In general. The total reward cannot exceed a specified percentage of the total cost of employee-only coverage, taking into account both employer and employee contributions. This is typically referred to as the “COBRA cost” of coverage, less the applicable two percent administrative charge. If dependents can participate in the plan, the reward cannot exceed the applicable percentage of the total cost of coverage in which the employee and dependents are enrolled. In addition, the Departments have requested comments as to whether (and if so, how) a reward should be apportioned among family members if the program is offered to family members and only some qualify for the reward. Such a rule, if adopted, could add more administrative complexity to wellness programs.

The 2006 Regulations capped the permissible reward at 20 percent of the total cost. In accordance with the ACA changes, the Proposed Wellness Rules generally increase the maximum reward to 30 percent.

Tobacco use. In addition, the Departments exercised their regulatory authority by proposing a reward of up to 50 percent for programs designed to prevent or reduce tobacco use. The Departments indicated they raised the limit for tobacco use to 50 percent to provide consistency with the modified community rating rules, which go into effect in 2014 and which permit health insurance issuers in the small and individual market to vary premiums for tobacco use by a similar factor. Also, to provide consistency, HHS has issued a separate, proposed rule that permits insurers in the small group market to implement a premium differential based on tobacco use only in connection with a wellness program that meets the standards set forth in the Proposed Wellness Rules. Under the Proposed Wellness Rules, tobacco use can only affect rewards/penalties from 30 to 50 percent, while other wellness-related factors can impact the initial 30 percent of the reward/penalty. The Departments left open the issue of what constitutes “tobacco use” (e.g., have/have not used tobacco in last 30 days) for purposes of the additional 20 percent reward/penalty and asked for comments on that issue.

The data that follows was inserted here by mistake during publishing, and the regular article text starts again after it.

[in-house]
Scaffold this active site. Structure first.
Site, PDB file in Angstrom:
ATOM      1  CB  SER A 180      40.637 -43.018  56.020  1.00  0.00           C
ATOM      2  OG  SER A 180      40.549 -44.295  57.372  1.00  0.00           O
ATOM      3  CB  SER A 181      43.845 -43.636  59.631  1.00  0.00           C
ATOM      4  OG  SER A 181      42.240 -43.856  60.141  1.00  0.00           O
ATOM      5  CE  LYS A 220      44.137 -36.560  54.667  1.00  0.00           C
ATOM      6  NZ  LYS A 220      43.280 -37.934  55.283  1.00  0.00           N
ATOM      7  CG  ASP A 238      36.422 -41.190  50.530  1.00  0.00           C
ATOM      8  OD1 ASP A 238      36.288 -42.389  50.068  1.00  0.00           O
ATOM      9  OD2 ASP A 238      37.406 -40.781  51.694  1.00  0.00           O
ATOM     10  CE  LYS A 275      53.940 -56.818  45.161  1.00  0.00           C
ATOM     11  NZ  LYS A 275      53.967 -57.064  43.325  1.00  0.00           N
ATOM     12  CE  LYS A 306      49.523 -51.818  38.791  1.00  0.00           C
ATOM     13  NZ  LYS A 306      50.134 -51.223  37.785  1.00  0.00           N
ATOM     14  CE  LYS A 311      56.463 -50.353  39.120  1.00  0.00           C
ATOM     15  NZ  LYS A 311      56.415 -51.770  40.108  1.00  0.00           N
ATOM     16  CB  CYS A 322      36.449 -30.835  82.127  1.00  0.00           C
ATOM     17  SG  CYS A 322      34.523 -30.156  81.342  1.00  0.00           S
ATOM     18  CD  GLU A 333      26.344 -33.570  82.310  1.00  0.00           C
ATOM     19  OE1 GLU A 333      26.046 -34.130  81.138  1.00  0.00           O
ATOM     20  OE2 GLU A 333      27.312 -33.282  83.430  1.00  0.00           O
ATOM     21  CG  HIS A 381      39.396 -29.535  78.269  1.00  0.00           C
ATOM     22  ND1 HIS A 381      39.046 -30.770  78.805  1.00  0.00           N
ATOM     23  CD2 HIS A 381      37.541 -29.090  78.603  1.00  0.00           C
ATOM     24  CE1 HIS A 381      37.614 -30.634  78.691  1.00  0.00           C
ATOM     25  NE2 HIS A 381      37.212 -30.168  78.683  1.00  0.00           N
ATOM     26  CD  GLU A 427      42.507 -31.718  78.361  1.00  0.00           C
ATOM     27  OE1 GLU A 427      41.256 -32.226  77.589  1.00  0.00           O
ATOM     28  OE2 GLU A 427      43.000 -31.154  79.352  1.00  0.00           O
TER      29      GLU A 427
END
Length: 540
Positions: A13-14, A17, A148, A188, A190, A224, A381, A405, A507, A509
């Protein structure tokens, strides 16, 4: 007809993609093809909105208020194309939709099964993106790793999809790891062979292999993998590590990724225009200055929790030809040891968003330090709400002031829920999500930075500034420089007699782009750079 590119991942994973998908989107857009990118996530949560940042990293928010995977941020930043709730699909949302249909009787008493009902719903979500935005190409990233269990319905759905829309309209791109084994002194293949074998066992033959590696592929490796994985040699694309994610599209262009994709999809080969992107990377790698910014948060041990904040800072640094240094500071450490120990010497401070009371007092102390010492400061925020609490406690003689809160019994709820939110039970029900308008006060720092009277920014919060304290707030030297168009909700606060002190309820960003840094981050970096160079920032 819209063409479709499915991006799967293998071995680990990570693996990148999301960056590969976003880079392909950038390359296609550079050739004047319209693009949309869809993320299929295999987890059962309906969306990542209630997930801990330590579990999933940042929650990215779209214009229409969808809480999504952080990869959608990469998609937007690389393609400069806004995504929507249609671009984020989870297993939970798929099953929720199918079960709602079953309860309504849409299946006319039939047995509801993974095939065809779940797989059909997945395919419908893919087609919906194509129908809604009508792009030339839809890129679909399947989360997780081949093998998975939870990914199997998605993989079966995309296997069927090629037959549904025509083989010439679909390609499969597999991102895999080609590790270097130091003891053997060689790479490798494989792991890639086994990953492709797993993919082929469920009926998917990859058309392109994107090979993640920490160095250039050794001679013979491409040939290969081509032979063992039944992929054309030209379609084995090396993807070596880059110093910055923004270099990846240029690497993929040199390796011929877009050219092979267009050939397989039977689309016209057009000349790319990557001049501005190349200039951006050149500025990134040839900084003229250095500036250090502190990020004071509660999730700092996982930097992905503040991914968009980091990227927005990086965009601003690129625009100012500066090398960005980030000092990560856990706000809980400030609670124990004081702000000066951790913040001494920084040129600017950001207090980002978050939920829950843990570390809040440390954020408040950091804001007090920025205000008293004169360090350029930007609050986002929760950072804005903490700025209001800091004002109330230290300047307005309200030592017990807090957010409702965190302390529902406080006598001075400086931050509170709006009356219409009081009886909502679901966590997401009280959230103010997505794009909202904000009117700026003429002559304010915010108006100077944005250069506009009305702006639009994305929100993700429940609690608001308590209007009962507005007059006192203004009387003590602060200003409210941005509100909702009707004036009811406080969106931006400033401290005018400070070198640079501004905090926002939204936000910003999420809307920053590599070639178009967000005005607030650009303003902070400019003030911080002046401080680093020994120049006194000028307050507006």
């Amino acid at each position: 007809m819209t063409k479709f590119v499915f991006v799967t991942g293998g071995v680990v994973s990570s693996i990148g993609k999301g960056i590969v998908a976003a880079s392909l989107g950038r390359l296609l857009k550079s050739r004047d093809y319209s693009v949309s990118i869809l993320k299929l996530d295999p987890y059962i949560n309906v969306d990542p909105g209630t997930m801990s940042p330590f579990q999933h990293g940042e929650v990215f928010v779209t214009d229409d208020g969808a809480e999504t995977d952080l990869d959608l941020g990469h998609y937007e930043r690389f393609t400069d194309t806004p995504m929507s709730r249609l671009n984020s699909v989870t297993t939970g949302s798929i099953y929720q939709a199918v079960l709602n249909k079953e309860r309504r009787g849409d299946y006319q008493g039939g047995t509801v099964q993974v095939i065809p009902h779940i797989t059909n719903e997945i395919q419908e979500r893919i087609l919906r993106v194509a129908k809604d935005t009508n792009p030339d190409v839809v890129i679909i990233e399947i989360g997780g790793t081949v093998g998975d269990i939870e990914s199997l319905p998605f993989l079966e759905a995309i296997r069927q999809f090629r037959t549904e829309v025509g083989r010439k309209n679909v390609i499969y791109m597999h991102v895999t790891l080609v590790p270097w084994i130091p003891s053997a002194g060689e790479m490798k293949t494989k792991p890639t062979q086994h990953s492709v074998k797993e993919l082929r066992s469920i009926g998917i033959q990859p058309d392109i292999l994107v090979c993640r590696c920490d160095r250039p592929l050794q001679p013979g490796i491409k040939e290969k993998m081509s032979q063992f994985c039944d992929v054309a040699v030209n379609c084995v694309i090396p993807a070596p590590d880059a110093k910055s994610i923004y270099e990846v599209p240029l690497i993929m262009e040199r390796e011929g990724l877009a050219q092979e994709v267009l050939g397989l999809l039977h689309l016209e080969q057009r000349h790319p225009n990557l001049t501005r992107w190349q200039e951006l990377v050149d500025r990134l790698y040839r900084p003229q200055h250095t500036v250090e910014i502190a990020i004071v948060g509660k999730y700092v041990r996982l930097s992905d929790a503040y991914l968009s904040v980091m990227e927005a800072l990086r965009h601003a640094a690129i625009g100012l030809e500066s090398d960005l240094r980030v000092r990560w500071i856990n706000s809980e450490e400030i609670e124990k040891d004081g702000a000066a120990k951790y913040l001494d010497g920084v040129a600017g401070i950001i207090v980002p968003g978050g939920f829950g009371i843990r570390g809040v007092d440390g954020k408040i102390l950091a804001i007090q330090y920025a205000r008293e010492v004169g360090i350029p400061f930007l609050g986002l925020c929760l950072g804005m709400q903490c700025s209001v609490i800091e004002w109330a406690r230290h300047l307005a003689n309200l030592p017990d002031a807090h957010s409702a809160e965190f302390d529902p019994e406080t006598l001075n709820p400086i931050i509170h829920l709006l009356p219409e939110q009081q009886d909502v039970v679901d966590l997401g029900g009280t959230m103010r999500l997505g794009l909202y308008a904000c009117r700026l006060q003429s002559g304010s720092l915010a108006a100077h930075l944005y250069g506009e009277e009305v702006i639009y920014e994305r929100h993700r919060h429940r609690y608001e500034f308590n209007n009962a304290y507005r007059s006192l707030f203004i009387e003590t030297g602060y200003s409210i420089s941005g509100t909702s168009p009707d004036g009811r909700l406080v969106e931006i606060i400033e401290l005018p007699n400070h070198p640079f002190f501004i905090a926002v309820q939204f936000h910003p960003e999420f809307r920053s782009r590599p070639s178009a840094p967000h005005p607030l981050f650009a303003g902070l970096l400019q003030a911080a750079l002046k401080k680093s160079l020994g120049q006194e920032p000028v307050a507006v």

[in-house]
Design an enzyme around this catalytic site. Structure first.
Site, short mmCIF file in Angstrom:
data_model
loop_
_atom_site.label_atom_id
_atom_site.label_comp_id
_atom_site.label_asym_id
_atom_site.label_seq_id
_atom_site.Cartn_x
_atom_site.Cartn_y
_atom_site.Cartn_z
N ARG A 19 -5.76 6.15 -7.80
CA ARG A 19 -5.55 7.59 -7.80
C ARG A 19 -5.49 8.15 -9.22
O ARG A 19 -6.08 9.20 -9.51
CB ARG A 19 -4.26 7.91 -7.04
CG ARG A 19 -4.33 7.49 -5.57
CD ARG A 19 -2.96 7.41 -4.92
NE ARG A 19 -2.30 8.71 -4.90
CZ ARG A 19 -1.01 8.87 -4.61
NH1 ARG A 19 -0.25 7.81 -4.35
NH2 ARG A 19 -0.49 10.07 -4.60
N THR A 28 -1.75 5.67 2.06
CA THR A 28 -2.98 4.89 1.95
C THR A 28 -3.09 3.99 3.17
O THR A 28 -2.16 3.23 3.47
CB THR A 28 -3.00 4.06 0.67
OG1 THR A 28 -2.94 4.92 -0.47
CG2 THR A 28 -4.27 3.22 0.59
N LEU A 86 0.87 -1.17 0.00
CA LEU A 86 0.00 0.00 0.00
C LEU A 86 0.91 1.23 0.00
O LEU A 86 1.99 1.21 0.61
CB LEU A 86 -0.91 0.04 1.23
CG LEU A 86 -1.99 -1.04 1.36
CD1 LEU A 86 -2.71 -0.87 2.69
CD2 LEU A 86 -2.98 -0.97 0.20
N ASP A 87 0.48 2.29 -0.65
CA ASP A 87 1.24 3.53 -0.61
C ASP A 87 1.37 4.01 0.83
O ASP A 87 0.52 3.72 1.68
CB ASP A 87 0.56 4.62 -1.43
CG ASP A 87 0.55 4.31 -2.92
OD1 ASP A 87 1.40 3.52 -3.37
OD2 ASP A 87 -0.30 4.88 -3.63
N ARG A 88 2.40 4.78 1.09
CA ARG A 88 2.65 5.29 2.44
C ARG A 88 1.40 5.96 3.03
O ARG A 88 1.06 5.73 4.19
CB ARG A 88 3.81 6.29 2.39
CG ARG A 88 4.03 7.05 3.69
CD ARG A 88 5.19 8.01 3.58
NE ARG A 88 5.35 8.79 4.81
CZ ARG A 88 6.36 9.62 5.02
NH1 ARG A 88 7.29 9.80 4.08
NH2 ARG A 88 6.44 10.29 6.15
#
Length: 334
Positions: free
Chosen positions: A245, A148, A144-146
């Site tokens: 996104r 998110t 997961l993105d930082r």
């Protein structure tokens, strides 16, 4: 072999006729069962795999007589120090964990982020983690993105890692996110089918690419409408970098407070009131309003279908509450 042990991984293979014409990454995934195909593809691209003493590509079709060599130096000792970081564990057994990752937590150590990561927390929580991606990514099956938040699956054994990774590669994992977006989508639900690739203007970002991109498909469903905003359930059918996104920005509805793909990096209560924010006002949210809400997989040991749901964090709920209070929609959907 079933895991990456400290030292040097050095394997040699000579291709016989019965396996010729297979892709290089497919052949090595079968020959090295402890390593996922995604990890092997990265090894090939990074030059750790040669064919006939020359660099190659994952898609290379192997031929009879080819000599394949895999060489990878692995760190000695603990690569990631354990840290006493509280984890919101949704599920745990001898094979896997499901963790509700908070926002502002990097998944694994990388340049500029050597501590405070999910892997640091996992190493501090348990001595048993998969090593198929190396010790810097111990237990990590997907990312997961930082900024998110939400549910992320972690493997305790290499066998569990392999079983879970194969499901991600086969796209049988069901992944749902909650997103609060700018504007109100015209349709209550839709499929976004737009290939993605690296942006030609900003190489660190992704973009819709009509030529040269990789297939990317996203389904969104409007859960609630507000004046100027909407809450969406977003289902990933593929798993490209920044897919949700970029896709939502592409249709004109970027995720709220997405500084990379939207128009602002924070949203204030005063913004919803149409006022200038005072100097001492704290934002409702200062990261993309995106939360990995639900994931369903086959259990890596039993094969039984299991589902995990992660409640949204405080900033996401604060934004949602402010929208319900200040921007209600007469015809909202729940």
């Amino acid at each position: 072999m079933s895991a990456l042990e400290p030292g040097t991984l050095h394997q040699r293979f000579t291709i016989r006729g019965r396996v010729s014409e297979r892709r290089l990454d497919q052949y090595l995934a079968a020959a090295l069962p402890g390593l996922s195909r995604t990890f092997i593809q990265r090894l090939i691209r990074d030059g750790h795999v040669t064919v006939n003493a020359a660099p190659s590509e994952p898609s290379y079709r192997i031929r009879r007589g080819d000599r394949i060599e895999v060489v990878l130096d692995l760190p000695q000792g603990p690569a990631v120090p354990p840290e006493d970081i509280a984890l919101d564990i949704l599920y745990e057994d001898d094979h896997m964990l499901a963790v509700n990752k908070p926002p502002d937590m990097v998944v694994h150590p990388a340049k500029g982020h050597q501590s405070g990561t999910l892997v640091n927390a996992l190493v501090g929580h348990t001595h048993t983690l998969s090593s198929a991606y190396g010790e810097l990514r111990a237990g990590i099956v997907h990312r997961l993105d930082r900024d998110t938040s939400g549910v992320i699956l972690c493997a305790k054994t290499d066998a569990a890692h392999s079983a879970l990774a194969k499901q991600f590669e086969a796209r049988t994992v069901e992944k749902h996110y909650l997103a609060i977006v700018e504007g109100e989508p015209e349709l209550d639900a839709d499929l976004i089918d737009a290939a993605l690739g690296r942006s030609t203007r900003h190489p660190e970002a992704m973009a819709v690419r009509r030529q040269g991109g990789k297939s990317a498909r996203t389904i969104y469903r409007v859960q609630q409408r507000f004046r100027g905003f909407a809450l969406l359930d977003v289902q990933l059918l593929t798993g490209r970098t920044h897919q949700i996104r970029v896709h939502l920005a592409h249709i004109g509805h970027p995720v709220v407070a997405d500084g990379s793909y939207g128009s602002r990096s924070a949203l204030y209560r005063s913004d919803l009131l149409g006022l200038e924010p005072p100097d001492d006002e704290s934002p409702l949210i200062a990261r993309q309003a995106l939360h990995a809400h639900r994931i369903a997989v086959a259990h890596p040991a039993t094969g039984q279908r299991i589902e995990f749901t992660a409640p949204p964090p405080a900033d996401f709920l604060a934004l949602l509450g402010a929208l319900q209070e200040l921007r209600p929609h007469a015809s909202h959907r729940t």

3. Uniform Availability and Reasonable Alternative Standards

Under the Proposed Wellness Rules, the reward/penalty under a health-contingent wellness program must be available to all similarly situated individuals. Consistent with the 2006 Regulations, the Proposed Wellness Rules provide that either a reasonable alternative standard or waiver of the standard must be provided for any individual for whom it is either unreasonably difficult due to a medical condition or medically inadvisable to meet the applicable standard.

If a plan offers a reasonable alternative standard, the same full reward must be available to individuals who qualify for that alternative. Instead of implementing an alternative, a plan can also waive the standard and provide the reward, either for an entire class of individuals or on a case-by-case basis. Plans do not have to establish an alternative standard in advance of a request, but it must be provided (or the original standard waived) upon request. In addition, a participant’s failure to meet an alternative standard does not excuse the plan from offering the same, or a new, standard in the future.

All of the facts and circumstances are taken into account in determining whether an alternative is reasonable. In addition, the Proposed Wellness Rules impose new cost requirements on plans by providing that the following must be satisfied for an alternative standard to be reasonable: